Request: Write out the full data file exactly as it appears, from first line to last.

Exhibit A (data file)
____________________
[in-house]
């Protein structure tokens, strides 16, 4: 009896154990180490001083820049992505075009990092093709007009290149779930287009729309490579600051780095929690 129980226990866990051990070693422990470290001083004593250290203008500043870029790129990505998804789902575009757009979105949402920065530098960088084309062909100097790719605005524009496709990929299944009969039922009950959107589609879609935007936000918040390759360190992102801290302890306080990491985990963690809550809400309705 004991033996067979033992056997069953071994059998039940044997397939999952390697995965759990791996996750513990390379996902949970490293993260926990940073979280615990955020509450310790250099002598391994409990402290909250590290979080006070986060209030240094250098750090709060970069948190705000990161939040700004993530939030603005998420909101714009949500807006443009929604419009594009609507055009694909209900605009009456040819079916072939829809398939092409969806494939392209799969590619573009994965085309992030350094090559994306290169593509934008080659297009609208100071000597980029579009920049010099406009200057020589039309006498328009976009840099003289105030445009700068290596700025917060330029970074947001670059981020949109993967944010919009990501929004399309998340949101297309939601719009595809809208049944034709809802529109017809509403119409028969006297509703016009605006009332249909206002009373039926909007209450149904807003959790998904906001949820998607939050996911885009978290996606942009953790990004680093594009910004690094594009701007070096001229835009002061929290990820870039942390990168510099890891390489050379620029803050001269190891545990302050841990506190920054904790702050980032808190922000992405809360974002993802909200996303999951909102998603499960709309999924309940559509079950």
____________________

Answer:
[in-house]
């Protein structure tokens, strides 16, 4: 009896154990180490001083820049992505075009990092093709007009290149779930287009729309490579600051780095929690 129980226990866990051990070693422990470290001083004593250290203008500043870029790129990505998804789902575009757009979105949402920065530098960088084309062909100097790719605005524009496709990929299944009969039922009950959107589609879609935007936000918040390759360190992102801290302890306080990491985990963690809550809400309705 004991033996067979033992056997069953071994059998039940044997397939999952390697995965759990791996996750513990390379996902949970490293993260926990940073979280615990955020509450310790250099002598391994409990402290909250590290979080006070986060209030240094250098750090709060970069948190705000990161939040700004993530939030603005998420909101714009949500807006443009929604419009594009609507055009694909209900605009009456040819079916072939829809398939092409969806494939392209799969590619573009994965085309992030350094090559994306290169593509934008080659297009609208100071000597980029579009920049010099406009200057020589039309006498328009976009840099003289105030445009700068290596700025917060330029970074947001670059981020949109993967944010919009990501929004399309998340949101297309939601719009595809809208049944034709809802529109017809509403119409028969006297509703016009605006009332249909206002009373039926909007209450149904807003959790998904906001949820998607939050996911885009978290996606942009953790990004680093594009910004690094594009701007070096001229835009002061929290990820870039942390990168510099890891390489050379620029803050001269190891545990302050841990506190920054904790702050980032808190922000992405809360974002993802909200996303999951909102998603499960709309999924309940559509079950």